Evolution and BYU


From the 1954 publication of Doctrines of Salvation by Joseph Fielding Smith: 1

Again I repeat, no man can consistently accept the doctrine of the evolutionist and also believe in the divine mission of our Redeemer. The two thoughts are in absolute conflict. You cannot harmonize them and serve both masters.


If life began on the earth, as advocated by Darwin, Huxley, Haeckel (who has been caught openhanded perpetrating a fraud), and others of this school, whether by chance or by some designing hand, then the doctrines of the Church are false. Then there was no Garden of Eden, no Adam and Eve, and no fall. If there was no fall; if death did not come into the world as the scriptures declared that it did — and to be consistent, if you are an evolutionist, this view you must assume — then there was no need for a redemption, and Jesus Christ is not the Son of God, and he did not die for the transgression of Adam, nor for the sins of the world. Then there has been no resurrection from the dead! Consistently, logically, there is no other view, no alternative that can be taken. Now, my brethren and sisters, are you prepared to take this view?

Excerpt from a BYU Syllabus, Evolutionary Biology: Biol 420-01, Winter 2011:  2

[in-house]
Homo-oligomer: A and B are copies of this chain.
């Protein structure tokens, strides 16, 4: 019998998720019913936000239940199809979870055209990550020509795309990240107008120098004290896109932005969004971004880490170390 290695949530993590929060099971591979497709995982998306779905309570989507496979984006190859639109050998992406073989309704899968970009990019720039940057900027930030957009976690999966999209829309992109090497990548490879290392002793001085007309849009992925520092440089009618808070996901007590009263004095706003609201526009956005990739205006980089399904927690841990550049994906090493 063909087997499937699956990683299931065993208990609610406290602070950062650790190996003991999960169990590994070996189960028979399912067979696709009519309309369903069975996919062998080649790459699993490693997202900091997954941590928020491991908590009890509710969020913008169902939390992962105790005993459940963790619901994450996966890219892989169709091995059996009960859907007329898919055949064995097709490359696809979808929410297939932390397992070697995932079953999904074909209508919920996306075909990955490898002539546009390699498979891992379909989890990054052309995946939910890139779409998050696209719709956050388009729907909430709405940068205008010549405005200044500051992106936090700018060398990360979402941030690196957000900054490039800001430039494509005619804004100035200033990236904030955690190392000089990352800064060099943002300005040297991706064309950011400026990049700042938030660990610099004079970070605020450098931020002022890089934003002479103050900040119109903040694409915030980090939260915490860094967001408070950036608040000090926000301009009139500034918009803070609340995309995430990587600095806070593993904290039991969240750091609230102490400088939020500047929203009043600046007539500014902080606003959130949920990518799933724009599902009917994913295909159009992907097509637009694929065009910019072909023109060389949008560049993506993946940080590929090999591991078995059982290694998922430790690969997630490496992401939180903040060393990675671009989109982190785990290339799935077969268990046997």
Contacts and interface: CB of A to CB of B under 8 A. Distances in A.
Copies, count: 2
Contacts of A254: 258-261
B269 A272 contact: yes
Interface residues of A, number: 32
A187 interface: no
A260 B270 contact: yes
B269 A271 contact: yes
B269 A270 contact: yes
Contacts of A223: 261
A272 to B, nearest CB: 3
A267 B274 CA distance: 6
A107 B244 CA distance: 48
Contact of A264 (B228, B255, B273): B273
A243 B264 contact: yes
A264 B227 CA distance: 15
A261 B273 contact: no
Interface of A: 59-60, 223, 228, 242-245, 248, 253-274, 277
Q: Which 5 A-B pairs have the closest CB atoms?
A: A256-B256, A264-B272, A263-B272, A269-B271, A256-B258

“Evolutionary Biology is our senior-level “capstone‟ course in the life science core curriculum. This “capstone‟ status reflects the fact that evolution is conceptually the single most important biological discipline as measured by its ability to tie together all other fields of biology. Without the unifying framework of evolution, the biological sciences would exist as a set of isolated, specialized fields. Indeed, Theodosius Dobzhansky was right when he said that “nothing in biology makes sense except in the light of evolution.” More recently, the National Academy of Sciences has stated that evolution is “the most important concept in modern biology, a concept essential to understanding key aspects of living things” (1998). Given this importance, it is not surprising to find that our class is filled by students with majors spanning the full realm of the biological sciences. What then is it that makes evolution the great unifying concept of biology? The purpose of this class is to help you answer that very question!”


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